The amount of ventilation one need in the attic has always been a topic of debate. When you think of it, is it alright to have a few extra vents in the attic to make sure that all the hot air gets exhausted properly?
It is alright to have too much ventilation in the attic as long as the intake vent area is equal to or more than the exhaust vent area. But one shouldn’t have too much exhaust ventilation even though having too much intake ventilation is okay.
I am pretty sure you will be wondering why is this the case. Let me explain further;
Why is too much exhaust ventilation a bad idea
This is because when you have a lot of exhaust ventilation they will disrupt the natural flow of air since some exhaust vents will then draw air through the other exhaust vents deranging the entire airflow.
Let us say, your attic has soffit vents for intake and roof vents for exhaust. The number of roof vents actually required is two but you installed four. So here you have an exhaust vent area twice the size of the intake.
Normally, when the wind blows over the roof vents it creates a negative pressure that draws out the hot air in the attic. Thus the inside of the attic will develop a negative pressure. This negative pressure will draw in cool air through the soffit vents. Here the path of the airflow is from the soffit vents to the roof vents.
But when you have too many exhaust vents, the air will flow from one exhaust vent to the other instead of from the soffit vents because they are closer and so they offer a path of least resistance. So the hot air inside the attic gets trapped there and as a result, the attic stays hot which nullifies the whole point of having attic vents.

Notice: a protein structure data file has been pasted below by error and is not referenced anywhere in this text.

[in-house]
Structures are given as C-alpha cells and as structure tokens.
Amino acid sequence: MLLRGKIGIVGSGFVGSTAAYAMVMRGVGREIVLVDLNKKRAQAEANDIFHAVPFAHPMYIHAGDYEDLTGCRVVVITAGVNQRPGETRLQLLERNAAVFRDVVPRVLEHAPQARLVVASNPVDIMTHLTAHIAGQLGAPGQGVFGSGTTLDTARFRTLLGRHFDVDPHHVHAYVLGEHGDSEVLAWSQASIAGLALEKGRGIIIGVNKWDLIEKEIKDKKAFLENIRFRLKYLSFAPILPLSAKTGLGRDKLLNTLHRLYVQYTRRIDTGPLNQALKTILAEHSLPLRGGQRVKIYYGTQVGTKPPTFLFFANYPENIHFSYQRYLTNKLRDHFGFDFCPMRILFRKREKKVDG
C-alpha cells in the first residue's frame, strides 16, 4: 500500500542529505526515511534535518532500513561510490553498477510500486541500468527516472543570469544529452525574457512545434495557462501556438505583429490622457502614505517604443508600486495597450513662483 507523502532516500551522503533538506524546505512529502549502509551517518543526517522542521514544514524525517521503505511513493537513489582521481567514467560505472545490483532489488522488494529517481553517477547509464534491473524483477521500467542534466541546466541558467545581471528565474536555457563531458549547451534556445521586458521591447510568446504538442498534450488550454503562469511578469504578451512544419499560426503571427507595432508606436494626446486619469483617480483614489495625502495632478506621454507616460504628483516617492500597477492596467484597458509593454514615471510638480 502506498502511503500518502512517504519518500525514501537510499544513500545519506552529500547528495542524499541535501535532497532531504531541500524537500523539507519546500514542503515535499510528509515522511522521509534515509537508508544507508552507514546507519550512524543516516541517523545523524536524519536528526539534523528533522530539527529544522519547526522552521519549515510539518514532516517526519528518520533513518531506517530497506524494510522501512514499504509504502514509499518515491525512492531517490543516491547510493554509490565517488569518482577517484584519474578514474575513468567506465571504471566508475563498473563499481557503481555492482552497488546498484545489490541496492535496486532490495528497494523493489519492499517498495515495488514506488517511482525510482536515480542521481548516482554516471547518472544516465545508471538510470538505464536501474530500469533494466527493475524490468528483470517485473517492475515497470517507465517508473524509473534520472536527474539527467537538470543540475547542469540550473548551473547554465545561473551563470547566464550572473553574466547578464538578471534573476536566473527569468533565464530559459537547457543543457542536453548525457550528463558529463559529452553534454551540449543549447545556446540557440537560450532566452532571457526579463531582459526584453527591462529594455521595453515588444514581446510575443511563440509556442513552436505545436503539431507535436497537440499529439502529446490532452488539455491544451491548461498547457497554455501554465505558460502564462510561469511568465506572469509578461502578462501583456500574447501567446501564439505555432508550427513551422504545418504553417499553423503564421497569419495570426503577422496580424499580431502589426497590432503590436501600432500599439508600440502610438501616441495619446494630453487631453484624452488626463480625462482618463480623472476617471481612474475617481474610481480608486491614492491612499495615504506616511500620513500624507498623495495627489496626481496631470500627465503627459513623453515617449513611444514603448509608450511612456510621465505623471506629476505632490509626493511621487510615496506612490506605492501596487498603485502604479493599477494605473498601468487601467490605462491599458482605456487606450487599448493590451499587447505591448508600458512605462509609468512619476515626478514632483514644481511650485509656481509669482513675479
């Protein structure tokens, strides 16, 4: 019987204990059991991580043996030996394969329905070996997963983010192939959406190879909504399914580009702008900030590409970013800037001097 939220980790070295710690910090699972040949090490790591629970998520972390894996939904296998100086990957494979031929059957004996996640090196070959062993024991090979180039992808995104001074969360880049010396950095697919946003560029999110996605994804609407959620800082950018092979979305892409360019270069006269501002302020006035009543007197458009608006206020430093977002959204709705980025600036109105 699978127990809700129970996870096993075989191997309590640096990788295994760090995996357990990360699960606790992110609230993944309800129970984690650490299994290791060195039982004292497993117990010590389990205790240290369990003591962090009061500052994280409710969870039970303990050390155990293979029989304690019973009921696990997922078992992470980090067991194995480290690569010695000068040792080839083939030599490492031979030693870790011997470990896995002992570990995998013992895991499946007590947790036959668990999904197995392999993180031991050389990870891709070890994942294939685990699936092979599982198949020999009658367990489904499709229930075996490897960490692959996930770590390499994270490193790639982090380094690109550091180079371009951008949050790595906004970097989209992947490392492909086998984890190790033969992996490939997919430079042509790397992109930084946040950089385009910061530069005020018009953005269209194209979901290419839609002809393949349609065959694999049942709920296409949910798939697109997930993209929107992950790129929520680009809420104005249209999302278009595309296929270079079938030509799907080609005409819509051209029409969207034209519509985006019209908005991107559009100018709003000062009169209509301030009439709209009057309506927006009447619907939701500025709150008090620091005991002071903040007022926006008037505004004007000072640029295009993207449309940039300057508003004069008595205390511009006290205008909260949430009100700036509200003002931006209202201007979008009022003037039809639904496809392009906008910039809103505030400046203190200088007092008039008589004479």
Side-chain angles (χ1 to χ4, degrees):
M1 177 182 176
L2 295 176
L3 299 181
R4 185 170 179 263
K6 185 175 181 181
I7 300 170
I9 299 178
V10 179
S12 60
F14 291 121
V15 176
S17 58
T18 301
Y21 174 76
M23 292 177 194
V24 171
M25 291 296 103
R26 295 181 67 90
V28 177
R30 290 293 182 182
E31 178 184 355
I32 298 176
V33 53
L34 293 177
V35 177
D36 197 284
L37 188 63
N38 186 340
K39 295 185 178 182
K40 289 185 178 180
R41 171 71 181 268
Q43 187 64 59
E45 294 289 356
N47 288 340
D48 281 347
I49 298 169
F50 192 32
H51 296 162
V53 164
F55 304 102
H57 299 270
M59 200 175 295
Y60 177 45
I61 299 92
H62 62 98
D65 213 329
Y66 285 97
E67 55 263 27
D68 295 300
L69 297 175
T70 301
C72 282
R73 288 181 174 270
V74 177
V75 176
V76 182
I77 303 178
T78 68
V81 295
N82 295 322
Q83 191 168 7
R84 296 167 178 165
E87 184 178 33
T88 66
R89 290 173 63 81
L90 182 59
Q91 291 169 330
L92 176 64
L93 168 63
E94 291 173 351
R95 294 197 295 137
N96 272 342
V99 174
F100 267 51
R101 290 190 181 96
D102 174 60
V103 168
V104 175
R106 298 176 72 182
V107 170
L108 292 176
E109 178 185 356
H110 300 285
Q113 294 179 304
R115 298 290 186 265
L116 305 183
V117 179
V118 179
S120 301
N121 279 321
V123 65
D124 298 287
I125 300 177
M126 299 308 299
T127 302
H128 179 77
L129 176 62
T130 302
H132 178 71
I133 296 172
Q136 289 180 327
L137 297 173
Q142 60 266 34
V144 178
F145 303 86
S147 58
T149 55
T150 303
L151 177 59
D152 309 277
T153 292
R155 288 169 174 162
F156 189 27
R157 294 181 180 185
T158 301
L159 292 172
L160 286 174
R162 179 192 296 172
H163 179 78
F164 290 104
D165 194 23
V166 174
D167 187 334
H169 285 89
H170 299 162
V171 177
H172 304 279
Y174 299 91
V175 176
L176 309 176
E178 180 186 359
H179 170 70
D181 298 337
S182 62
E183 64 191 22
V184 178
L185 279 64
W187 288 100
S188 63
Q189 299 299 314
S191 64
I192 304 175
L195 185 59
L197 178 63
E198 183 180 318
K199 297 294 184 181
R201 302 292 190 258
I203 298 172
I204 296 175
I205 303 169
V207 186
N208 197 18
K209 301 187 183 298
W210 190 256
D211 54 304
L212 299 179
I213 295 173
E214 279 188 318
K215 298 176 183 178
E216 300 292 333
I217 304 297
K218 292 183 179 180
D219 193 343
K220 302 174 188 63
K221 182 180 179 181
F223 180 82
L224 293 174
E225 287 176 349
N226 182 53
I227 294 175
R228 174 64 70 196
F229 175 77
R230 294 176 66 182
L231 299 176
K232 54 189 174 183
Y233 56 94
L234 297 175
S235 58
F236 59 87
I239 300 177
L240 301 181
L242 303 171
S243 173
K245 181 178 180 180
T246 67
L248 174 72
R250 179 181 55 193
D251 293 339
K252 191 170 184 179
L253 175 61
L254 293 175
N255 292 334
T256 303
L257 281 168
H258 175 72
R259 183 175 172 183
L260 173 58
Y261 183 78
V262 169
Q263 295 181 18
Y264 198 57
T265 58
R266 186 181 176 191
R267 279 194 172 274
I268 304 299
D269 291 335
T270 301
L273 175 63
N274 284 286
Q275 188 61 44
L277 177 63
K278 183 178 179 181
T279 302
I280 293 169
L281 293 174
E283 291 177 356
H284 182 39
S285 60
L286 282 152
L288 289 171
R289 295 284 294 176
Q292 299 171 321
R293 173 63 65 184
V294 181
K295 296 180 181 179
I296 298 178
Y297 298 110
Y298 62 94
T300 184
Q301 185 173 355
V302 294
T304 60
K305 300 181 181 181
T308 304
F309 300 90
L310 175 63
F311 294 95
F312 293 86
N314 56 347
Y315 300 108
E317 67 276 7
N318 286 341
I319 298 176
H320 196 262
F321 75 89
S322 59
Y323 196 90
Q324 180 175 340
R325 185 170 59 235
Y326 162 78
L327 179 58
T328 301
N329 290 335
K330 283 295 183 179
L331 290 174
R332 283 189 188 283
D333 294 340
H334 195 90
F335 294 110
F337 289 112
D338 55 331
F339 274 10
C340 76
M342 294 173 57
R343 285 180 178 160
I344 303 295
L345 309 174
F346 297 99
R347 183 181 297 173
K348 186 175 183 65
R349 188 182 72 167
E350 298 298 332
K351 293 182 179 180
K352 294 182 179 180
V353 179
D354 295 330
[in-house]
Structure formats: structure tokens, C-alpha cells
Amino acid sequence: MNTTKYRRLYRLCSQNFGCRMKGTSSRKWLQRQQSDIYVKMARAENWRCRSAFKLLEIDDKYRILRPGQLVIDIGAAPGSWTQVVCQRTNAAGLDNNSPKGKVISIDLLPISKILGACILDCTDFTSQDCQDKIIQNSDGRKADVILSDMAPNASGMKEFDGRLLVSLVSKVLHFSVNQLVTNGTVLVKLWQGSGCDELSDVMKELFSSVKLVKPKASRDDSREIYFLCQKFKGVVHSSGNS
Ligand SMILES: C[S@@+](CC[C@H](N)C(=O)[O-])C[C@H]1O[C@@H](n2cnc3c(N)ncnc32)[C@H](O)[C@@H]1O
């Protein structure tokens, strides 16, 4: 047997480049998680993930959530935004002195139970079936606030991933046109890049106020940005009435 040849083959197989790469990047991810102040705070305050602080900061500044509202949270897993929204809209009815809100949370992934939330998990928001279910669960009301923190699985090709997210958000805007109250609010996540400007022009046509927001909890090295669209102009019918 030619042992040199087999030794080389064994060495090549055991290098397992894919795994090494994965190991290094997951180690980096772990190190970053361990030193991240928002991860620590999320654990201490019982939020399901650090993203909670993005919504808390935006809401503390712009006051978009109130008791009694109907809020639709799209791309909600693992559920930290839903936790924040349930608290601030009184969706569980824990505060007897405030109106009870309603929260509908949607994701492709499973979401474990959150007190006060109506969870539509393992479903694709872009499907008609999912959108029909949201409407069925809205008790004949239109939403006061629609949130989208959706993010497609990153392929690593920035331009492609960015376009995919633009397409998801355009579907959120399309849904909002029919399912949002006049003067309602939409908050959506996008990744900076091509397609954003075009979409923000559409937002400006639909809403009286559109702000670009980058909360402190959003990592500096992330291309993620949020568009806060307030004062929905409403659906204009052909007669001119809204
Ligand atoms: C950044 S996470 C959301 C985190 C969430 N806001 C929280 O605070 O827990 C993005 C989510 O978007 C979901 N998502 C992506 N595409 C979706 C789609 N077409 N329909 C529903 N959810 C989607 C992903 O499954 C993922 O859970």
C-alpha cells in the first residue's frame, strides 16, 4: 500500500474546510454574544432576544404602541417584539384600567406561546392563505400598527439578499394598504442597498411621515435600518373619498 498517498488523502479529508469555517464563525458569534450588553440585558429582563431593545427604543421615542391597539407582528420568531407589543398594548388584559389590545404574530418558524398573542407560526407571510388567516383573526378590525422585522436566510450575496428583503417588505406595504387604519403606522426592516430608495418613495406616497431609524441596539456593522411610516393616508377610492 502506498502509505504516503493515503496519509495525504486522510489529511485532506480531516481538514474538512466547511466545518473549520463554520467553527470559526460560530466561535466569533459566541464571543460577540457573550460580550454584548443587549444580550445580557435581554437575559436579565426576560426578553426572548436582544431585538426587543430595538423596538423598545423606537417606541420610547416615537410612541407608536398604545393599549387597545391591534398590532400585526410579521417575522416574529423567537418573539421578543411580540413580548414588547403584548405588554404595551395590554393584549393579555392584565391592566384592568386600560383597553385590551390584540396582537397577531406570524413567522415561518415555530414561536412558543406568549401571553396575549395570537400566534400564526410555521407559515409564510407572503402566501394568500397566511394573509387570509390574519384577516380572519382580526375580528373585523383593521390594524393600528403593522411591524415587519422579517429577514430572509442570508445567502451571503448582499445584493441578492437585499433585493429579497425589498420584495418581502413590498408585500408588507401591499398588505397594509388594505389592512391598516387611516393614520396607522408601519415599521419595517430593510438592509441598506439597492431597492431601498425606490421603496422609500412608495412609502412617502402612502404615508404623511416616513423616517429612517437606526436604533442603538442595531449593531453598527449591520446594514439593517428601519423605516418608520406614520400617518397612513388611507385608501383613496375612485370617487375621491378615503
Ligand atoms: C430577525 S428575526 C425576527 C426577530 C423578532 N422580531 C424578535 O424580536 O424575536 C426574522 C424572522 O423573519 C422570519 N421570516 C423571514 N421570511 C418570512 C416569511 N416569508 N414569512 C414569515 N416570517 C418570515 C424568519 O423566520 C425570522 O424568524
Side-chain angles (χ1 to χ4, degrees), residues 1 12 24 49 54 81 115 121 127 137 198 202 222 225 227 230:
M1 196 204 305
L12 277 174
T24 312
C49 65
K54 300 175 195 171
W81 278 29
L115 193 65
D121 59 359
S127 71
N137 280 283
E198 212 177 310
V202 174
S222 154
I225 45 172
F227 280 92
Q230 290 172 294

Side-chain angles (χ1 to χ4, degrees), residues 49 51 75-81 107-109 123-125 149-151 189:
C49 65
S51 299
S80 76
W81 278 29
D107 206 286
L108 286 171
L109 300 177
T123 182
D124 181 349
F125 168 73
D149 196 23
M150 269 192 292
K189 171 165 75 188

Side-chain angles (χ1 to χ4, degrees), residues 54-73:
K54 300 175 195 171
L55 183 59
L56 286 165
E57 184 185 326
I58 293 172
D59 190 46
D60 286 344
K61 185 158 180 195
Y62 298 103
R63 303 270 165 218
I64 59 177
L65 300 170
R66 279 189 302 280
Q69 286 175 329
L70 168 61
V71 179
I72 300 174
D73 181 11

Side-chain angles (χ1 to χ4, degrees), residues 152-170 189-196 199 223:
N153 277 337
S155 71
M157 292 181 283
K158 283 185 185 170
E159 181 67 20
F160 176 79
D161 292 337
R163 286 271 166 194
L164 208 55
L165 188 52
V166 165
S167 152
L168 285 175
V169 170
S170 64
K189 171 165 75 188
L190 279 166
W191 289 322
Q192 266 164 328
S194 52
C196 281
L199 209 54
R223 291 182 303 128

How much ventilation is too much?
The minimum ventilation needed for an attic is specified by the building code of that area. Normally it is 1 sq.ft of vent area per 150 sq.ft of attic area. However, this value can be 1/300 of the attic area if both of the following two conditions are met;
- Installation of a Class 1 or 2 vapor retarder on the warm-in-winter side of the roof of those houses in climate zones 6, 7 and 8
- The exhaust area should be no less than 40% and no more than 50%, and they shouldn’t be more than 3 feet away from the top of the roof when measured vertically (source)
|Area of the attic||Min. vent area needed (1:150)||Min. vent area needed (1:300)|
|1000 sq.ft||6.67 sq.ft||3.34 sq.ft|
|1500 sq.ft||10 sq.ft||5 sq.ft|
|2000 sq.ft||13.34 sq.ft||6.67 sq.ft|
|2500 sq.ft||16.67 sq.ft||8.34 sq.ft|
|3000 sq.ft||20 sq.ft||10 sq.ft|
However, it is alright to have more ventilation than that is stipulated above if the total intake vent area is equal to or more than the total exhaust area. If the exhaust area is considerably larger than the intake area, that is when the attic ventilation is considered too much.
So if you have an attic of 1000 sq.ft area it should have 3.34 sq.ft of soffits and 3.34 sq.ft of ridge vents (if we are using 1:150).
Can you combine two or more types of exhaust vents on a roof?
While you can use more than one type of exhaust vents on a roof it is not recommended. This is because these exhaust vents may start drawing air from each other jeopardizing attic ventilation.
For example, if you use an attic fan along with ridge vents, the attic fan is most probably going to suck air in through the ridge vents as well in addition to the soffit vents. This not only disrupts the ventilation process but also may draw in water and other pollutants through the ridge vents causing damages to the attic.